This past summer Queercon (@queercon) hosted two contests: Soundcheck by Stemodity and Queercon plus the Badge Challenge (found on the app stores, download it!) by Subterfuge (@sidechannel_org) and d4em0nSp4wn. Both contests have had write ups done such as the badge challenge by Subterfuge officially and Soundcheck by Vivi Langga (@vivieturtle). The intent of this post is primarily to go through a rundown of how I approached both contests as a way to introduce how I think of challenges.
Unfortunately this got to be a bit longer than expected hence the split into two separate posts.
Thanks and hot apple cider
I’d love to thank d4em0nSp4wn for listening to me panicking while rushing to solve them and cheering me on; Subterfuge for the darling contest and inspiring me to continue forward with my graph paper and pens too for future challenges and someday my own puzzle making; Gabe Edwards (@gabedwrds) for being a phenomenal hacker (who by the way is an extraordinary contest solver and CTF-er) and with Kyle (@eiais) for all the long hours of complaining, help, and discussion about the contests with me; ending of course with Queercon for being an organisation I love dearly and hosting the contests.
How I approach challenges
No matter what the challenge is—a contest, real life situations, anything—I go to the two basic things that are always close to me: graph paper journal and pens. I abhor lined paper and pencils as I believe one should always be sure on their actions and/or cautious and if it was wrong: own up to it. You can’t erase something you’ve done as you already took the time and effort to do it so why act like you can on paper, too?
Immediately after I’ll write down everything that is already known if possible. After that it depends on the scenario. I’ll sometimes doodle and jot down random notes to myself.
I try to refrain from using computers if possible outside of Google-ing things unless it is required. It’s not so much that I don’t want to code it as I don’t feel satisfactory of my work on a screen compared to the feeling of wholeness and happiness in my hands. It feels like an easy way out which isn’t nearly half as fun.
A beat to make you dance!
Do you like music? Have a good ear? Check out this hot beat from Stemodity. Get prizes!
Listen closely! Good luck!
I should warn ahead if you have a dog near you: don’t listen to that out loud without headphones. (Chicken) Nugget went insane and whined a whole lot, don’t be like me, keep your dogs happy!
So the first thing I did was listen to the song. A lot. I wanted to know every single part of the song so I could refer back to any single part of it immediately. That and to see if I could just audibly figure it out. Eventually I slowed the song down until I could figure out where the high frequency tone was at (thanks Nugget for helping with the general timing of it the first time).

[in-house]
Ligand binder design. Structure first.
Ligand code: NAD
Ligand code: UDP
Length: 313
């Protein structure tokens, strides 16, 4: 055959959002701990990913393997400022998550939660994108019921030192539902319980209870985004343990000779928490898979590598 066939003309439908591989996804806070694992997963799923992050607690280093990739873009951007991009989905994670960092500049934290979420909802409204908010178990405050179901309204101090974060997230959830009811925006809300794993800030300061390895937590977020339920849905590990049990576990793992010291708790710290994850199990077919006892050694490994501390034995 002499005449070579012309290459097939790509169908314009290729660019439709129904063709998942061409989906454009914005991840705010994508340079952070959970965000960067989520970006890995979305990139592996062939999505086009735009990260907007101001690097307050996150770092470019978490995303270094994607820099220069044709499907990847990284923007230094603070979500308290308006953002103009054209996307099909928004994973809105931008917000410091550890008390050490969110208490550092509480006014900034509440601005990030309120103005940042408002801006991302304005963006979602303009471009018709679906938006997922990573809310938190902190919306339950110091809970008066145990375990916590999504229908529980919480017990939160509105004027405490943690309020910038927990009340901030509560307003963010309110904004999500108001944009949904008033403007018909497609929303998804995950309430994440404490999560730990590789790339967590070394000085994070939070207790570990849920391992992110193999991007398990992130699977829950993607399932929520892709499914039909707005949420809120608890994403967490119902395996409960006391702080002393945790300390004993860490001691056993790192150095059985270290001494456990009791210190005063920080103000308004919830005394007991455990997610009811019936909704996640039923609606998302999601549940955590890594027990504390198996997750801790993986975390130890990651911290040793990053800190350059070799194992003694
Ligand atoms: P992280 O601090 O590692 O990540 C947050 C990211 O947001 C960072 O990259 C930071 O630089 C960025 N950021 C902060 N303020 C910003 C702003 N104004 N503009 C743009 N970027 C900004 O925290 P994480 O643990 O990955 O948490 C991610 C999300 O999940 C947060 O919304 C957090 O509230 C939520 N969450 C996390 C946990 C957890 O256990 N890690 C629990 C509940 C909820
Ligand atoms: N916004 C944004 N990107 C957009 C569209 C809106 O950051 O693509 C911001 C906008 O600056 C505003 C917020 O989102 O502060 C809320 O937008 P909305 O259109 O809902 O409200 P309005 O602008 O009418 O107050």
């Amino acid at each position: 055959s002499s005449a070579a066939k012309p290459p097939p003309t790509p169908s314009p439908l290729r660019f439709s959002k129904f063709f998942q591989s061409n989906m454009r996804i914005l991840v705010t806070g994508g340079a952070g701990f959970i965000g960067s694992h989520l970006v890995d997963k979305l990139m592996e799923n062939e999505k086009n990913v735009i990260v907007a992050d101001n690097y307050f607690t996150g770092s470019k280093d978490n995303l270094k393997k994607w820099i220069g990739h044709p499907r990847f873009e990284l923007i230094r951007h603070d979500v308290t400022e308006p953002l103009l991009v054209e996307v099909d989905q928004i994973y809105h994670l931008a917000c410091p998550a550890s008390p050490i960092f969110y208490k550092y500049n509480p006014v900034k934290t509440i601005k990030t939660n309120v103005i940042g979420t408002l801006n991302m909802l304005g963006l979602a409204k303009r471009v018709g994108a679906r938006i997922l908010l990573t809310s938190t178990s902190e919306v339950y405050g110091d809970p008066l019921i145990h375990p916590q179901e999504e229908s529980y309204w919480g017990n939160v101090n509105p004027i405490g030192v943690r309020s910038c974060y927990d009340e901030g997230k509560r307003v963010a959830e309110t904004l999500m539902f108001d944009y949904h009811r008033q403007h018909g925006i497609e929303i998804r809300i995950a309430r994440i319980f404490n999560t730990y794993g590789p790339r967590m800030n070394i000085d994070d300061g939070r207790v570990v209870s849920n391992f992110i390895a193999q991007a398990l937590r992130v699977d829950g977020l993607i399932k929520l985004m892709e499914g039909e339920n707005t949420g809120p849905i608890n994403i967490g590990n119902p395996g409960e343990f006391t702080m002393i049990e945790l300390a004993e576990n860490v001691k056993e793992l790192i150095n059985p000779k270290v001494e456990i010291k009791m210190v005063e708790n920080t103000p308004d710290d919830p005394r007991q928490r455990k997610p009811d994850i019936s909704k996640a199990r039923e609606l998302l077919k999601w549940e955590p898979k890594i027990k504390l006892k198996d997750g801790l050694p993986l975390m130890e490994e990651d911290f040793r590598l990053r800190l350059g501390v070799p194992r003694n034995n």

Once I get access to an actual scanner I’ll re-do the photographs of my journal. Sorry!
Highlighted are the lengths of how long the tones went for. I did five lines for the five times it occurred in the song with it going down to the seconds and increments of .2 seconds. Initially I thought it had to be Morse code and tried to go by the length of how long it would occur for. Due to the lengths of time being fairly close I tried to think of every option when I couldn’t tell if it was short or long.
I kept trying to figure it out assuming it was still Morse code. Eventually I was told, "Houston we have a problem," and that I was near Jupiter. I was definitely frustrated, had looked into stego but it hadn't clicked in, and spent a lot of time generally anxious. In the end stego was the correct route. I used VLC and being on a Macbook Pro I tried three different programs until I could actually get something that worked for me (AudioXplorer finally did it for me).
Now all I had to do was simply figure out which cipher it was. I knew it had to be SA13=QC13 because it was going to be Queercon 13 this year. I tried a few different ciphers, messed up the final cipher (Playfair), kept going, and got upset at myself.
Gabe did confirm that it was most definitely on the Rumkin page which made me spiral into a lump of anxiety of not being able to solve it (yet).
Eventually I did get the final answer.
QC13 PARTY ROCK THIS HOUSE
Lessons learned from this
I spent too much time (e.g. listening to the song for a few hours) on things that weren’t necessary.
With Soundcheck and the Badge Contest I was too focused on everyone else and where they were that I got distracted and let my anxiety take over. Since then I’ve taken a step back, recognized it held me back quite a bit, and now am much more comfortable. “Losing” is only losing if you don’t learn from it and I learned quite a bit from this.
Utilize all the tools even if it isn’t what you want
Had I not been stubborn trying to solve only with graph paper and pen I likely would have finished much, much, sooner.
Sometimes the difficulty is the simplicity of it
Looking back at this challenge I made it much more complex in my mind than it was.
Relaxing and taking breaks
Coming back to the problem later after some time away makes it more clearer than in the rush of the moment when in frustration.
I already had reserved a QC13 badge so ultimately the prize was the satisfaction of getting the challenge.
That and a cute song to listen to (with headphones on).